The Second Flute | Teen Ink

The Second Flute

February 5, 2013
By Forever-Wishing GOLD, N\A, Rhode Island
Forever-Wishing GOLD, N\A, Rhode Island
19 articles 0 photos 16 comments

Favorite Quote:
"There is no time to be timid, you must be bold, daring!"

The conductor used his wand like stick, almost as if using magic as he conducted the orchestra. For every note played, he banged his head passionately, making his white wig flop with his every move, showing his shiny scalp. The beat of the music was impeccable, but was soon interrupted by a shrill sound of a flute of key, the pitch making people hold their heads in pain.

The conductor, his wig off center ever so slightly, slammed his baton down with a loud thud that echoed through the now silent theater. The melody was not finished but the conductor had forced it to its end. He furrowed his eyebrows, searching for the one bad note. The one bad note that could ruin his career. His eyes finally lay on the second flute, who was the only one that was not looking around. That one flute would be horrible in competition. That one flute must be terminated. Second flute smiled apologetically, raising her dark eyebrows as if asking, Am I going to get fired? But no, she wasn’t. The conductor smiled, trying to prove to her that he was not going to yell. She sighed, hanging her head in relief, making her long black hair fall into her face. Little did the young women know that what was going through the conductor’s head was far worse than a tongue-lashing.

The practice went on, the women still squeaking each time jumping and squirming as if doing a jig. The range was beautiful, perfect, except that one girl. The conductor had made up his mind, she had to go. But how was the only question. Should he just fire her? No, that was too easy and she had to learn her lesson. Should he maul her? No, too easy to get caught. Should he kill her? Yes, that seemed perfect, just think; the girl would never be able to ruin his career from beyond the grave. How should he kill her? Obviously tonight would be the perfect time; no one would suspect the sweet, old conductor but if he waited and saw her again he might blow his top. Should he drug her? Too easy, too painless. Should he bash her head in? Too messy, takes too long. Should he strangle her? No, he wanted to see the light go out in her eyes and hear her scream for mercy. So it was settled, he would stab her slowly.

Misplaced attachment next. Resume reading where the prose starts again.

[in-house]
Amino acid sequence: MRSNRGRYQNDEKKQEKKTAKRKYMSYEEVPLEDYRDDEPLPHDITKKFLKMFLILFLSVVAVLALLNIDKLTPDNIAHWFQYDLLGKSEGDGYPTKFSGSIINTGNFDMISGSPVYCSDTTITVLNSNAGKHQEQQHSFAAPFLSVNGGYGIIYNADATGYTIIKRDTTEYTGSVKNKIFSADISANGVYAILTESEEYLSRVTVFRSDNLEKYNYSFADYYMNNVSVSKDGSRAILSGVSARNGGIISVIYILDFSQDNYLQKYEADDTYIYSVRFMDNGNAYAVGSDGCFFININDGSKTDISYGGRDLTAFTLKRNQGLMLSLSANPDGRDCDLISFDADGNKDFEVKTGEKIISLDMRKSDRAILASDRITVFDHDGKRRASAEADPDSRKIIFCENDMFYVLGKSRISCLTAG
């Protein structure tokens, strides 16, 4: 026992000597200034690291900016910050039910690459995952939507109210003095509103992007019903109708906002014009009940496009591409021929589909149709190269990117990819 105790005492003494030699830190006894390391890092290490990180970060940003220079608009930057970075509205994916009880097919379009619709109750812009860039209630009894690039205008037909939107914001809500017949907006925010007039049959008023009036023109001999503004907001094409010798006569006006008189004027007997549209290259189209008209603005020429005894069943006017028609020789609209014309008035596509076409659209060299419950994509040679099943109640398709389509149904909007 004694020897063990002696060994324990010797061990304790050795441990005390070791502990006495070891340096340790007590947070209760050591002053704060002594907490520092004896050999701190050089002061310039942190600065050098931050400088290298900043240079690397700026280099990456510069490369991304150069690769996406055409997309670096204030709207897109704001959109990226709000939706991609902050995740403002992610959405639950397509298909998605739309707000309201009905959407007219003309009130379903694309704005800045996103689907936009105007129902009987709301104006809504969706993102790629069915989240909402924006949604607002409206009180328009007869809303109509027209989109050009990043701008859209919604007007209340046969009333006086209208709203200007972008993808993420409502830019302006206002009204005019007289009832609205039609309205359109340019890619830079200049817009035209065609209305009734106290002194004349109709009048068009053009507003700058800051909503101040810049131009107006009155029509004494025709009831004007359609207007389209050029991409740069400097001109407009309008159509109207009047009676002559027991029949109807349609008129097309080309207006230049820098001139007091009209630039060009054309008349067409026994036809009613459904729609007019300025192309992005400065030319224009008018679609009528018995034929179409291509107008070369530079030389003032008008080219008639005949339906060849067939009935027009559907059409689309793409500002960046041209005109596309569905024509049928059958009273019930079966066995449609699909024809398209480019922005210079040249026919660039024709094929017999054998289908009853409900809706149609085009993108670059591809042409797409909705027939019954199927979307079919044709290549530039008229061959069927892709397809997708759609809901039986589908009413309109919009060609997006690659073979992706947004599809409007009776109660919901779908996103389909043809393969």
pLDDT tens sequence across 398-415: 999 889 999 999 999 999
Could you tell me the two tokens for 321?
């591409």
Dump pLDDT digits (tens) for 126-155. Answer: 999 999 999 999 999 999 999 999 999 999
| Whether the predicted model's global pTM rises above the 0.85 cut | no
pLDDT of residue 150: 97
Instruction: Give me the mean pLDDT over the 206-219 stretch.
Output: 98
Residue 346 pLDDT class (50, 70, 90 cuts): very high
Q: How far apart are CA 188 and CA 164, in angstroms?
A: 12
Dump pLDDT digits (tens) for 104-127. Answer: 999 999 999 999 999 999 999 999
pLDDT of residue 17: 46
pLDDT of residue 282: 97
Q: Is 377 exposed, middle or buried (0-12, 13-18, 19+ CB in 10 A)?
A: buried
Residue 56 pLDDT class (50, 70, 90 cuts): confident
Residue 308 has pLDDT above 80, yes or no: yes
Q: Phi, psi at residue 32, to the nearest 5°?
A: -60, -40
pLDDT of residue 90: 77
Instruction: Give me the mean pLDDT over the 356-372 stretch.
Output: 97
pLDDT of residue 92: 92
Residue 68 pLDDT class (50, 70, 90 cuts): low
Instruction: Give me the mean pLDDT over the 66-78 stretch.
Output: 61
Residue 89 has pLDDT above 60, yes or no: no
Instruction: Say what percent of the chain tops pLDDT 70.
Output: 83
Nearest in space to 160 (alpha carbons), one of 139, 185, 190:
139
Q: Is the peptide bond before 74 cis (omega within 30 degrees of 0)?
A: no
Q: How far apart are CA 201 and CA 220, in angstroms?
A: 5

The poor young women would not get to finish her life. The young women would never be able to get married, never fall in love, she wouldn’t even live long enough to fix her small tin flute.

The practice ended, and everyone packed their instruments in varying cases and left quickly through the door. The girl was first to leave, her face burning red with embarrassment at her one bad practice. She knew she wouldn’t have any more bad practices but the girl didn’t know the exact reason why. Like I was saying, the girl was first to leave, but the conductor was ready. He dashed out the door and stayed a safe distance behind the girl on the dark, crowded, city streets. It was a chilly night, yet he didn’t feel the cold, he only felt the smile grow on his face with every step he took knowing that her untimely demise was only moments away. The girl walked slower than usual tonight, enjoying the scenery of the city in low lights. They passed the laundry mat, the girl knew that she should do the laundry but she really wanted to get home. There was always tomorrow.

The girl began to sing to herself.

“Tomorrow, tomorrow, there’s always tomorrow.” But you know what? There wasn’t going to be for her.

She finally returned home and unlocked the door to her apartment, the conductor still unseen behind her. She went inside swiftly but the conductor caught the door with his foot and closed the door silently behind him. The woman went into the bedroom, dropping off her tin flute. The conductor walked right into the kitchen as if he had been there a hundred times before and pulled a long steak knife from its small wooden cubby. The woman came back into the living room and the conjoined kitchen where the man still stood, grinning like a lunatic. Wait, not like a lunatic, he was a lunatic. Before she could ask him what he was doing here he lunged for his prey.

She stumbled backwards, falling into her beautifully made metal harp. If fell to the ground with a clatter, along with the girl who shouted for the man to stop in her French accent. He didn’t. Slowly, he plunged the knife into her abdomen ensuring her a slow and painful death. He did this repeatedly until her body had gone limp and the light had left her eyes replaced only by frozen fear. The man smiled, feeling a great feeling of pride that was quickly replace by dread. He took in the scene, the fallen harp, the many other pieces of furniture coated in blood and turned on their side in the struggle and then the mangled body.

What had he done?

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